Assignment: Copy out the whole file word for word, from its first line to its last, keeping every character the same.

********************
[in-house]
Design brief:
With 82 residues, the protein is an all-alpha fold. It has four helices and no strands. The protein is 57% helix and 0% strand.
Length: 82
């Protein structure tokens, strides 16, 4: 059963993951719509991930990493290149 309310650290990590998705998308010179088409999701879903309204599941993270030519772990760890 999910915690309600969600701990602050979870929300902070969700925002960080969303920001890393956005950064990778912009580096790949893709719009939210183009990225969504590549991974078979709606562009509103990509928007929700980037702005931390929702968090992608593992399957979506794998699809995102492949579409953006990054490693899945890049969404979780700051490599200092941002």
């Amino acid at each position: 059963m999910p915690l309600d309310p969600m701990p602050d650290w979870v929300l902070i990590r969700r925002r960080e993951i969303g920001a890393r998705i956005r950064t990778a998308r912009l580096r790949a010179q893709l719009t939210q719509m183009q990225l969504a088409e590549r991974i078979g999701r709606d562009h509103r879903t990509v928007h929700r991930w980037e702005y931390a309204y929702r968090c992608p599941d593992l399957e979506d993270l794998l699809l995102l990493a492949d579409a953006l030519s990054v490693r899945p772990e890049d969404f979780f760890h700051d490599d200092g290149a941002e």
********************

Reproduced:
[in-house]
Design brief:
With 82 residues, the protein is an all-alpha fold. It has four helices and no strands. The protein is 57% helix and 0% strand.
Length: 82
């Protein structure tokens, strides 16, 4: 059963993951719509991930990493290149 309310650290990590998705998308010179088409999701879903309204599941993270030519772990760890 999910915690309600969600701990602050979870929300902070969700925002960080969303920001890393956005950064990778912009580096790949893709719009939210183009990225969504590549991974078979709606562009509103990509928007929700980037702005931390929702968090992608593992399957979506794998699809995102492949579409953006990054490693899945890049969404979780700051490599200092941002």
């Amino acid at each position: 059963m999910p915690l309600d309310p969600m701990p602050d650290w979870v929300l902070i990590r969700r925002r960080e993951i969303g920001a890393r998705i956005r950064t990778a998308r912009l580096r790949a010179q893709l719009t939210q719509m183009q990225l969504a088409e590549r991974i078979g999701r709606d562009h509103r879903t990509v928007h929700r991930w980037e702005y931390a309204y929702r968090c992608p599941d593992l399957e979506d993270l794998l699809l995102l990493a492949d579409a953006l030519s990054v490693r899945p772990e890049d969404f979780f760890h700051d490599d200092g290149a941002e």